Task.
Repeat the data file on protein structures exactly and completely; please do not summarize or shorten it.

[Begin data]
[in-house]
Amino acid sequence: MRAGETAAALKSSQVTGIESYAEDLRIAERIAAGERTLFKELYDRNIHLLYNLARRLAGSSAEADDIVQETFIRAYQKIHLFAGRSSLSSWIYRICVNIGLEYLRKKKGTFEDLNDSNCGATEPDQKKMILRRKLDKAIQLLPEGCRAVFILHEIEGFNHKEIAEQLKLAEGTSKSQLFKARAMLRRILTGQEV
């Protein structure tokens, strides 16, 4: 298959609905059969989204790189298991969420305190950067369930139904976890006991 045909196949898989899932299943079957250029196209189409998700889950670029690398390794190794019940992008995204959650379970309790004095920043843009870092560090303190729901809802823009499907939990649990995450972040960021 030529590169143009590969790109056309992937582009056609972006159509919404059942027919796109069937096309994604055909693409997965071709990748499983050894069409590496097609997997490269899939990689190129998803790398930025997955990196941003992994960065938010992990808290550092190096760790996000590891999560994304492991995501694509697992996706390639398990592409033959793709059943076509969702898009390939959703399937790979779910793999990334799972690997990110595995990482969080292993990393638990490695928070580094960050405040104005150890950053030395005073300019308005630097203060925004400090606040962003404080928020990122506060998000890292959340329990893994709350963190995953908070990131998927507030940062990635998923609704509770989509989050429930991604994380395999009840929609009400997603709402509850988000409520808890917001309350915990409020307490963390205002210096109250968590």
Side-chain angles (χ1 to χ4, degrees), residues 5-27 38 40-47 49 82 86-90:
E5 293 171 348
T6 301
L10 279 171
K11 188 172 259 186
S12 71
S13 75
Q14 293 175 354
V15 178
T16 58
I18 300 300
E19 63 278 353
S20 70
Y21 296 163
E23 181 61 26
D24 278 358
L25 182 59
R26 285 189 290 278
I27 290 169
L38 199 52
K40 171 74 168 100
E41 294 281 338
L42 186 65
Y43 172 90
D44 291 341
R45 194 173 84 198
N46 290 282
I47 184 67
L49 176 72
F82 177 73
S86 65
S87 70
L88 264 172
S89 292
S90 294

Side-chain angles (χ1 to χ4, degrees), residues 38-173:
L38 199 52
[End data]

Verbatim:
[in-house]
Amino acid sequence: MRAGETAAALKSSQVTGIESYAEDLRIAERIAAGERTLFKELYDRNIHLLYNLARRLAGSSAEADDIVQETFIRAYQKIHLFAGRSSLSSWIYRICVNIGLEYLRKKKGTFEDLNDSNCGATEPDQKKMILRRKLDKAIQLLPEGCRAVFILHEIEGFNHKEIAEQLKLAEGTSKSQLFKARAMLRRILTGQEV
């Protein structure tokens, strides 16, 4: 298959609905059969989204790189298991969420305190950067369930139904976890006991 045909196949898989899932299943079957250029196209189409998700889950670029690398390794190794019940992008995204959650379970309790004095920043843009870092560090303190729901809802823009499907939990649990995450972040960021 030529590169143009590969790109056309992937582009056609972006159509919404059942027919796109069937096309994604055909693409997965071709990748499983050894069409590496097609997997490269899939990689190129998803790398930025997955990196941003992994960065938010992990808290550092190096760790996000590891999560994304492991995501694509697992996706390639398990592409033959793709059943076509969702898009390939959703399937790979779910793999990334799972690997990110595995990482969080292993990393638990490695928070580094960050405040104005150890950053030395005073300019308005630097203060925004400090606040962003404080928020990122506060998000890292959340329990893994709350963190995953908070990131998927507030940062990635998923609704509770989509989050429930991604994380395999009840929609009400997603709402509850988000409520808890917001309350915990409020307490963390205002210096109250968590």
Side-chain angles (χ1 to χ4, degrees), residues 5-27 38 40-47 49 82 86-90:
E5 293 171 348
T6 301
L10 279 171
K11 188 172 259 186
S12 71
S13 75
Q14 293 175 354
V15 178
T16 58
I18 300 300
E19 63 278 353
S20 70
Y21 296 163
E23 181 61 26
D24 278 358
L25 182 59
R26 285 189 290 278
I27 290 169
L38 199 52
K40 171 74 168 100
E41 294 281 338
L42 186 65
Y43 172 90
D44 291 341
R45 194 173 84 198
N46 290 282
I47 184 67
L49 176 72
F82 177 73
S86 65
S87 70
L88 264 172
S89 292
S90 294

Side-chain angles (χ1 to χ4, degrees), residues 38-173:
L38 199 52